Brace yourselves: New variant of Mirai takes aim at a new crop of IoT devices

Brace yourselves: New variant of Mirai takes aim at a new crop of IoT devices

Mirai, the virulent Internet of Things virus that delivered record-setting denial-of-service attacks in 2016, has been updated to target a new crop of devices, including two found inside enterprise networks, where bandwidth is often plentiful, researchers said on Monday.

The virus infects webcams, routers, DVRs, and other Internet-connected devices, which typically ship with default credentials and run woefully outdated versions of Linux that are rarely, if ever, updated. The rapidly spreading Mirai first made a name for itself in 2016, when it helped achieve record-setting DDoS attacks against KrebsOnSecurity and French web-host OVH.


A newly discovered variant contains a total of 27 exploits, 11 of which are new to Mirai, researchers with security firm Palo Alto Networks reported in a blog post Monday. Besides demonstrating an attempt to reinvigorate Mirai’s place among powerful botnets, the new exploits signal an attempt to penetrate an arena that's largely new to Mirai. One of the 11 new exploits targets the WePresent WiPG-1000 Wireless Presentation systems, and another exploit targets LG Supersign TVs. Both of these devices are intended for use by businesses, which typically have networks that offer larger amounts of bandwidth than Mirai’s more traditional target of home consumers.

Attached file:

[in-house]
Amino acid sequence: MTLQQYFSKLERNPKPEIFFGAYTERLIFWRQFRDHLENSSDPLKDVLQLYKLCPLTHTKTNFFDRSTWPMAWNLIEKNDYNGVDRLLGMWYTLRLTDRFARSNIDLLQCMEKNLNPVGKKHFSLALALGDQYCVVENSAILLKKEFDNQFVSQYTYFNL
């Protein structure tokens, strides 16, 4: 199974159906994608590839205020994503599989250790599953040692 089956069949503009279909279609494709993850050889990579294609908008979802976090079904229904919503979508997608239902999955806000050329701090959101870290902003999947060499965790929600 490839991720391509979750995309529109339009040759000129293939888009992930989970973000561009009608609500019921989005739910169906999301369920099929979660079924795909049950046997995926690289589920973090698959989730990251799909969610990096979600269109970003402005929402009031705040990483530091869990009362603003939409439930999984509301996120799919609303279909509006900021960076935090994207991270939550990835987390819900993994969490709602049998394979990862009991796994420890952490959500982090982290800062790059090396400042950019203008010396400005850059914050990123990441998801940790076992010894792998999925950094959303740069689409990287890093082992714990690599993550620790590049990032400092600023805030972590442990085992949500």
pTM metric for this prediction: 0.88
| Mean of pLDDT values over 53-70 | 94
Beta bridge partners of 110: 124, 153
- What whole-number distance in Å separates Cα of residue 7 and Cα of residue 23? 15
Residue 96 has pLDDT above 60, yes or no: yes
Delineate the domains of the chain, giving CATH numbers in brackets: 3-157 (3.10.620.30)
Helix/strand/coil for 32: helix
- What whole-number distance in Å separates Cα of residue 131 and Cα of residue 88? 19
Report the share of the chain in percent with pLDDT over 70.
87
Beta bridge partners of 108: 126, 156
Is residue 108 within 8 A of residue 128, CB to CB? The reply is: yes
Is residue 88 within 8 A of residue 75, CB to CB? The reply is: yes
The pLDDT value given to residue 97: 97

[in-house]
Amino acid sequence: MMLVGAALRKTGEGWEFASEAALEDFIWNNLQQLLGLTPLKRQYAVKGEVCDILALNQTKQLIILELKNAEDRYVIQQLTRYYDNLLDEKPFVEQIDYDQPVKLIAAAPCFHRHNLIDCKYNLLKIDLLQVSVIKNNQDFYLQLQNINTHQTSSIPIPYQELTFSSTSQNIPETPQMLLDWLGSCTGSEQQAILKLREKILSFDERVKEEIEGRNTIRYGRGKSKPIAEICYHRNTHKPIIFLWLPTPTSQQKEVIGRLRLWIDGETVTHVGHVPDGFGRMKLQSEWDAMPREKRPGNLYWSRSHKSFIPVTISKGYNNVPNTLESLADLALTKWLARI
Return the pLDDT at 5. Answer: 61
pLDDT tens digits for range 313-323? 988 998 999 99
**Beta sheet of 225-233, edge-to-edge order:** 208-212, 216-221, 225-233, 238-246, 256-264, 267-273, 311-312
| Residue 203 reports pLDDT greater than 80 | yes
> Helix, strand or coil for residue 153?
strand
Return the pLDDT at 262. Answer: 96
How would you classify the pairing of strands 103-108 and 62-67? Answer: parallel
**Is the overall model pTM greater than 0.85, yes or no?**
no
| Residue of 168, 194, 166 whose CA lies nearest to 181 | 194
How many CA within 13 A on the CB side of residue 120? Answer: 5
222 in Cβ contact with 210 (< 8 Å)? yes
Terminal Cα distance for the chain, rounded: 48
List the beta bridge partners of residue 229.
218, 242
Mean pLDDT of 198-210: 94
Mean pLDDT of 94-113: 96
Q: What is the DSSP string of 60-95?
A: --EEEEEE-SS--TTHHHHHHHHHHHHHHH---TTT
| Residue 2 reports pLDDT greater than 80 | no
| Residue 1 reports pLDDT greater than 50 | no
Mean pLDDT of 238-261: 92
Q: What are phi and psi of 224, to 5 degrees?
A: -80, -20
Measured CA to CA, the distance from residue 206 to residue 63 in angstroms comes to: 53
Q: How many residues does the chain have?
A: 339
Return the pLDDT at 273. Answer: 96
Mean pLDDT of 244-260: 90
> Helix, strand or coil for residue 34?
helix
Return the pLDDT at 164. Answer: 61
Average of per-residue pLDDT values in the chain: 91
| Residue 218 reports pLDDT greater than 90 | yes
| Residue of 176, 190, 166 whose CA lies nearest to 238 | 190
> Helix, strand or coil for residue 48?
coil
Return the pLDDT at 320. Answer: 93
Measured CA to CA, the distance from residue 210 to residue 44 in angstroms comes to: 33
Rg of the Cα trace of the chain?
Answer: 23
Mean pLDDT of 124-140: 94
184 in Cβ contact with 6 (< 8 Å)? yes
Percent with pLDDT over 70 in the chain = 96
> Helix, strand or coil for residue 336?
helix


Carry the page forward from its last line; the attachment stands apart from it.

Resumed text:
“These new features afford the botnet a large attack surface,” Palo Alto Networks researcher Ruchna Nigam wrote in Monday’s post, referring to the 11 new exploits. “In particular, targeting enterprise links also grants it access to larger bandwidth, ultimately resulting in greater firepower for the botnet for DDoS attacks.”

Attack code exploiting a WePresent command-injection vulnerability was published in 2017, while a remote code execution exploit for LG Supersign TVs has been available since last September. By being packaged in a new Mirai variant, the exploits become much easier to be actively used to compromise vulnerable devices. Read more

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